Director: Dee McLachlan
Stars: Veronica Sywak, Emma Lung, Saskia Burmeister, Sun Park, Amanda Ma, Damien Richardson, Alison Whyte, Andrew S. Gilbert
Neither critics nor audiences were kind towards Kriv Stenders’ provocatively, hubristically-titled Australia Day last year, though I appreciated it as a work of didactic Oliver Stone-esque bombast on a frugal, non-Oliver Stone budget. One of the three core plot threads in that film concerned a bankrupt cattle farmer (Bryan Brown) crossing paths with a traumatised victim of sex trafficking (Jenny Wu). The Jammed, a 2007 film from writer-director Dee McLachlan, similarly follows three different story threads, all of which converge around the theme of sex trafficking. In one thread, Australian Ashley (Veronica Sywak) reluctantly helps an older Chinese woman (Amanda Ma) search for her missing daughter Rubi (Sun Park); in the second, Crystal (Emma Lung) recounts the story of her enslavement to an immigration agent (Damien Richardson); and the third represents the intersection of these stories, following foreigners Crystal, Rubi, and Vanya (Saskia Burmeister) as they are coerced, forced, and ultimately entrapped into prostitution by threats of deportation, debt, and danger to their lives.
A country’s cinematic and television output is predicated on its funding sources and available resources: there’s a reason hundreds of Westerns were made in the early twentieth century when Hollywood was surrounded by desert terrain, and there’s a reason there are a dozen Nordic noirs currently streaming on SBS. Unsurprisingly, for a country of predominantly lower-budget filmmaking with a multicultural population clustered around coastal urban centres, social realist dramas with provocative subject matter are a reliable staple, if not always an exciting commercial prospect, for local filmmakers. When it comes to conversations about films of this ilk – The Boys, Little Fish, Snowtown, Idiot Box – The Jammed deserves a place at that table: it’s confronting, uncomfortable viewing, never gratuitous or titillating but certainly unflinching. The making of the film was by all accounts a labour of love and it proved to be a little film that could, reaping nearly a million dollars at the local box office on its half million budget and earning a booty of AFI Award nominations, though The Black Balloon and Unfinished Sky – another film that touches on trafficking – dominated that year’s recipient list.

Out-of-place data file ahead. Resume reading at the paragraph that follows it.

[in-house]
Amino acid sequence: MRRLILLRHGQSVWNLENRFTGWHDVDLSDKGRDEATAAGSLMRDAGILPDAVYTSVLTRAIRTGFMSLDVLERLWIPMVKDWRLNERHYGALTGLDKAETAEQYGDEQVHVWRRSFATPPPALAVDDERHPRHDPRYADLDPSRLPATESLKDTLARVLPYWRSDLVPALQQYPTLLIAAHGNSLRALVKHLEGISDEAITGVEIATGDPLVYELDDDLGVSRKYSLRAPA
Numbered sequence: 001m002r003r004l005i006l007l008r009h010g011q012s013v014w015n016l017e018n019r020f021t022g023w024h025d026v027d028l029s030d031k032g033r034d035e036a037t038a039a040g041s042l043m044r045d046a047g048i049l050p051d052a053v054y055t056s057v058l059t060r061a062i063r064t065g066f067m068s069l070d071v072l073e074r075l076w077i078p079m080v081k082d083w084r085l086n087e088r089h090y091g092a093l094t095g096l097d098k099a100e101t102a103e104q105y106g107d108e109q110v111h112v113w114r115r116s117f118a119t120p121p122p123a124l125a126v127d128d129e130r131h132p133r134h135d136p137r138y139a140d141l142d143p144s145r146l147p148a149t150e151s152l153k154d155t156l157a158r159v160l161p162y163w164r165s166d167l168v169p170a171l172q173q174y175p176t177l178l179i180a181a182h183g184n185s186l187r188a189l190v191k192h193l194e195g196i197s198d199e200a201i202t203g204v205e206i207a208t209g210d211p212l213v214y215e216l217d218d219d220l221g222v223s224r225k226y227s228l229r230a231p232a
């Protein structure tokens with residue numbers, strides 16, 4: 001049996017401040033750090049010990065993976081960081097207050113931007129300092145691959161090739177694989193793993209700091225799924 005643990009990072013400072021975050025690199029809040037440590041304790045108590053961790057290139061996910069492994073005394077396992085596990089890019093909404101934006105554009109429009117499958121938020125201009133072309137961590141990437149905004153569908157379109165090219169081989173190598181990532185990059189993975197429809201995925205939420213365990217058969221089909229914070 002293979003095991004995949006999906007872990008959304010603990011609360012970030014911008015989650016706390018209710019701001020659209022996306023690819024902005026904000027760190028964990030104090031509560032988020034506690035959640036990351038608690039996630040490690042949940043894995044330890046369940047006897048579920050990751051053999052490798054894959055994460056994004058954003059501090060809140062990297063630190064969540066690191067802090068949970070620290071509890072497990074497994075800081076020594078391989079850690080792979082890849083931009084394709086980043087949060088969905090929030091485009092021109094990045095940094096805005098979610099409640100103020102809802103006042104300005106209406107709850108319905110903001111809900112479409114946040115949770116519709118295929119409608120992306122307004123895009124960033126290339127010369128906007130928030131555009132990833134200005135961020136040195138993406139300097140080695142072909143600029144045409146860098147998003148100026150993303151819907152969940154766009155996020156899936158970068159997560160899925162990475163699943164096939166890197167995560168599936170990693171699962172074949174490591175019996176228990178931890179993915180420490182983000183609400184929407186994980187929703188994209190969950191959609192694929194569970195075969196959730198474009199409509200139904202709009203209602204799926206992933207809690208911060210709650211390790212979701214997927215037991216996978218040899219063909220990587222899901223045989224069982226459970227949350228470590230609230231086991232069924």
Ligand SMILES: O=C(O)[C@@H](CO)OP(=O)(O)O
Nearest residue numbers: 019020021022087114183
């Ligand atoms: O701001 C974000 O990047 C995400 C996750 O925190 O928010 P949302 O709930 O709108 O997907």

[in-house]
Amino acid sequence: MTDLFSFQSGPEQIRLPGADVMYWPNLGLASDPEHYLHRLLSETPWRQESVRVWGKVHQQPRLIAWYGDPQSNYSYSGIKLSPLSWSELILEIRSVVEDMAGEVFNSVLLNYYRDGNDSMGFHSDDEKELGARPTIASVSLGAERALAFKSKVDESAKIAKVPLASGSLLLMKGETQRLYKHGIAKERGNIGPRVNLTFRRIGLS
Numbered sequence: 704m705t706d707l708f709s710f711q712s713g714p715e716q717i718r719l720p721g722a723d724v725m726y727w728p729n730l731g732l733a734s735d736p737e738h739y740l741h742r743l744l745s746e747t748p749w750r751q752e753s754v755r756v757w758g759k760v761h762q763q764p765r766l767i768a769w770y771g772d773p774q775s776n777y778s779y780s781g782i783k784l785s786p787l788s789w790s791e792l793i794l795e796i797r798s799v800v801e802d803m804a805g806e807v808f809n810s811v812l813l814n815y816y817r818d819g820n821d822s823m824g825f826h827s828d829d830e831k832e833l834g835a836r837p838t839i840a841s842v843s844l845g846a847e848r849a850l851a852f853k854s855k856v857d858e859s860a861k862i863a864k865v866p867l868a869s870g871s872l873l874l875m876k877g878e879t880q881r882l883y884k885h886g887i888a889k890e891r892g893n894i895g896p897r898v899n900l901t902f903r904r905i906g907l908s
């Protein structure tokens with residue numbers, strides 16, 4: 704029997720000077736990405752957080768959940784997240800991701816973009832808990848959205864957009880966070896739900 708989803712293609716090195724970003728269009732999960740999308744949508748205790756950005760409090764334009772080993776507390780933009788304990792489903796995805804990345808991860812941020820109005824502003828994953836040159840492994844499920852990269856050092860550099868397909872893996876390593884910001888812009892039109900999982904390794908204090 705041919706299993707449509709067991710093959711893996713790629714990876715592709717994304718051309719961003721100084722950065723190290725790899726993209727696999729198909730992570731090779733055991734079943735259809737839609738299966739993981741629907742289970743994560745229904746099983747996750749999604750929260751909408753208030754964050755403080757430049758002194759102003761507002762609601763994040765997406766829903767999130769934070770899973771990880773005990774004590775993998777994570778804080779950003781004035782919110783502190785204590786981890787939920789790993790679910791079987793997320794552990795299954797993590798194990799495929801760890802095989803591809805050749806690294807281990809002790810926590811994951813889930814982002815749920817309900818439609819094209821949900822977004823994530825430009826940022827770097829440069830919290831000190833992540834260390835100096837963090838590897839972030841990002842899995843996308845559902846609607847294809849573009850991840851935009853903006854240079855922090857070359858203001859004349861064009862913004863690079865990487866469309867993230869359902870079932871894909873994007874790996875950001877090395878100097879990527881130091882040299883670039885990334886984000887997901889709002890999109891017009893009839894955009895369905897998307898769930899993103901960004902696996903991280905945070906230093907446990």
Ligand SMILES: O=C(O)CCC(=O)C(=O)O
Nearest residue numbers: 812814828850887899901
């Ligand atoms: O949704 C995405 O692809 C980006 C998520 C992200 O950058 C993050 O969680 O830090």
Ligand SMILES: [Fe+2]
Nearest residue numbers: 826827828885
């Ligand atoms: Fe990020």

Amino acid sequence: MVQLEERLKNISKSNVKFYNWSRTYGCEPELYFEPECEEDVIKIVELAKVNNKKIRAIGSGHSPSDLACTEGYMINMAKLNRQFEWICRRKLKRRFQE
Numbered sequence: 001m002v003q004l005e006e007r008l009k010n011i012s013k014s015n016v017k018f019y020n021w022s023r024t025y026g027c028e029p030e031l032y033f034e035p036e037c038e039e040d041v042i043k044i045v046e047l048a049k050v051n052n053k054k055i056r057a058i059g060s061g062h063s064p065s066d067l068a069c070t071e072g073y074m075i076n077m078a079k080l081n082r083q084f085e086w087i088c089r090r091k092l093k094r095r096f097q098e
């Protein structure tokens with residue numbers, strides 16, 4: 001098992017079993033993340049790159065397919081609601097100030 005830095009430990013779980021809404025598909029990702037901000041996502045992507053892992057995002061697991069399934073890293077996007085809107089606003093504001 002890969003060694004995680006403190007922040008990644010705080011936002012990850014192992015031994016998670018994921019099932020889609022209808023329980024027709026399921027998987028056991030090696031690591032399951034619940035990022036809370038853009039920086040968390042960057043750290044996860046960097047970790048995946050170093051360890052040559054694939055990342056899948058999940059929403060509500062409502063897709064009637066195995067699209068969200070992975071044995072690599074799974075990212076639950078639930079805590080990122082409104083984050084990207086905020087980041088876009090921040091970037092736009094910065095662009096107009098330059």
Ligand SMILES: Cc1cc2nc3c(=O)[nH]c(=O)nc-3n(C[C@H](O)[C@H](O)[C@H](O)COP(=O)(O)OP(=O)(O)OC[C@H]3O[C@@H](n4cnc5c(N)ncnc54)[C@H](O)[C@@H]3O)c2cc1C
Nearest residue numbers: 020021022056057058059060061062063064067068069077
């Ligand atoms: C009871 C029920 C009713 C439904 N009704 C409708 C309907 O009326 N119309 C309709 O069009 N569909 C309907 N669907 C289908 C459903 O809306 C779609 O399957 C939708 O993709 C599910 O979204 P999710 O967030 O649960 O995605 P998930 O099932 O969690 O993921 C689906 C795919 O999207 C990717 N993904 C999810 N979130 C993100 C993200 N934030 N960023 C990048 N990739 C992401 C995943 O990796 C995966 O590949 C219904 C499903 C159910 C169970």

The film’s one shortcoming, one that it shares with Australia Day, is its default casting of a White Anglo-Saxon Person (Bryan Brown there, Veronica Sywak here) as the agent of change. The white saviour hero is a long-in-the-tooth archetype, commonplace in Hollywood historical films (e.g. Amistad, The Last Samurai, Blood Diamond) and inspirational teacher dramas (e.g. Dangerous Minds, Take the Lead). It’s an easy PC stick to shake at films, but sometimes that shaking is warranted. In the case of The Jammed, it’s a minor handicap; I get that for a portion of the mainstream filmgoing public a character like Ashley serves as a recognisable entry point into uncomfortable subject matter, a relatable avatar to wade into troubled waters with, and in the film’s defence it doesn’t lay on reluctant WASP saviour shtick too thick. Even so, given Australia’s multicultural makeup, it seems a missed opportunity to use a non-WASP performer in this central role.
None of this is a slight against Sywak, who does strong and credible work in the role. Props too to Lung, Burmeister and Park, all of whom deliver raw, open wound performances. Their rawness is amplified by the film’s cinematography: The Jammed was shot by Peter Falk on digital video rather than film, and what it loses in texture it gains in visual urgency. That sense of urgency, no doubt driven by the brevity and constraints of production – according to the filmmakers, production lasted just 19 days and favoured single rather than multiple takes – contributes to the film’s docu-drama flavour: the feeling that the filmmakers infiltrated a dark underbelly of urban life, captured it like lightning in a bottle, and fled the scene.